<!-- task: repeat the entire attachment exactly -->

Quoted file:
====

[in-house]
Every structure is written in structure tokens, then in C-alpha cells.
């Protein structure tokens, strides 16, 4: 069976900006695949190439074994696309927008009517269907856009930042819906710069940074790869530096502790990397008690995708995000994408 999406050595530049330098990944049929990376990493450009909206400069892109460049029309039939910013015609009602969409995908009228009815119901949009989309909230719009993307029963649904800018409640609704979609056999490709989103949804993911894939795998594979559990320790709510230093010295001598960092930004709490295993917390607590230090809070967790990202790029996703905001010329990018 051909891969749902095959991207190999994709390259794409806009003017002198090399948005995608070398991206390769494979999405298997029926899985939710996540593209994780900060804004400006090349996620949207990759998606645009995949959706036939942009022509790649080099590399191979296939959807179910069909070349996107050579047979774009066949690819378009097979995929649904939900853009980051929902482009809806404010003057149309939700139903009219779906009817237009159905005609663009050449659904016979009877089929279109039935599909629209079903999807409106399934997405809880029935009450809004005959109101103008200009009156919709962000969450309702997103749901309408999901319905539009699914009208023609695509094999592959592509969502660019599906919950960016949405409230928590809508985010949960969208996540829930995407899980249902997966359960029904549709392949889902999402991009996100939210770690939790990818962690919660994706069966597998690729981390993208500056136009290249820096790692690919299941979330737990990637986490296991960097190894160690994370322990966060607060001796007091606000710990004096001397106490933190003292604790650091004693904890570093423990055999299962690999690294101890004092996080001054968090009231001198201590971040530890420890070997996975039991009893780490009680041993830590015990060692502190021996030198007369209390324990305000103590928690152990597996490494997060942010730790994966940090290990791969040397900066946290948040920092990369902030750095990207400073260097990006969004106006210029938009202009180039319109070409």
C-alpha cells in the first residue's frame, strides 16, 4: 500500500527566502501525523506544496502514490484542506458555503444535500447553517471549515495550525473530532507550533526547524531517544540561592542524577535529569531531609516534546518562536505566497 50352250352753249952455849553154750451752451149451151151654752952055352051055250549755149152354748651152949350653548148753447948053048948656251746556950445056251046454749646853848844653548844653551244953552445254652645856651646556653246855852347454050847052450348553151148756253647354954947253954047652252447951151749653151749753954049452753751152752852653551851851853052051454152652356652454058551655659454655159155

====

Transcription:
[in-house]
Every structure is written in structure tokens, then in C-alpha cells.
């Protein structure tokens, strides 16, 4: 069976900006695949190439074994696309927008009517269907856009930042819906710069940074790869530096502790990397008690995708995000994408 999406050595530049330098990944049929990376990493450009909206400069892109460049029309039939910013015609009602969409995908009228009815119901949009989309909230719009993307029963649904800018409640609704979609056999490709989103949804993911894939795998594979559990320790709510230093010295001598960092930004709490295993917390607590230090809070967790990202790029996703905001010329990018 051909891969749902095959991207190999994709390259794409806009003017002198090399948005995608070398991206390769494979999405298997029926899985939710996540593209994780900060804004400006090349996620949207990759998606645009995949959706036939942009022509790649080099590399191979296939959807179910069909070349996107050579047979774009066949690819378009097979995929649904939900853009980051929902482009809806404010003057149309939700139903009219779906009817237009159905005609663009050449659904016979009877089929279109039935599909629209079903999807409106399934997405809880029935009450809004005959109101103008200009009156919709962000969450309702997103749901309408999901319905539009699914009208023609695509094999592959592509969502660019599906919950960016949405409230928590809508985010949960969208996540829930995407899980249902997966359960029904549709392949889902999402991009996100939210770690939790990818962690919660994706069966597998690729981390993208500056136009290249820096790692690919299941979330737990990637986490296991960097190894160690994370322990966060607060001796007091606000710990004096001397106490933190003292604790650091004693904890570093423990055999299962690999690294101890004092996080001054968090009231001198201590971040530890420890070997996975039991009893780490009680041993830590015990060692502190021996030198007369209390324990305000103590928690152990597996490494997060942010730790994966940090290990791969040397900066946290948040920092990369902030750095990207400073260097990006969004106006210029938009202009180039319109070409």
C-alpha cells in the first residue's frame, strides 16, 4: 500500500527566502501525523506544496502514490484542506458555503444535500447553517471549515495550525473530532507550533526547524531517544540561592542524577535529569531531609516534546518562536505566497 50352250352753249952455849553154750451752451149451151151654752952055352051055250549755149152354748651152949350653548148753447948053048948656251746556950445056251046454749646853848844653548844653551244953552445254652645856651646556653246855852347454050847052450348553151148756253647354954947253954047652252447951151749653151749753954049452753751152752852653551851851853052051454152652356652454058551655659454655159155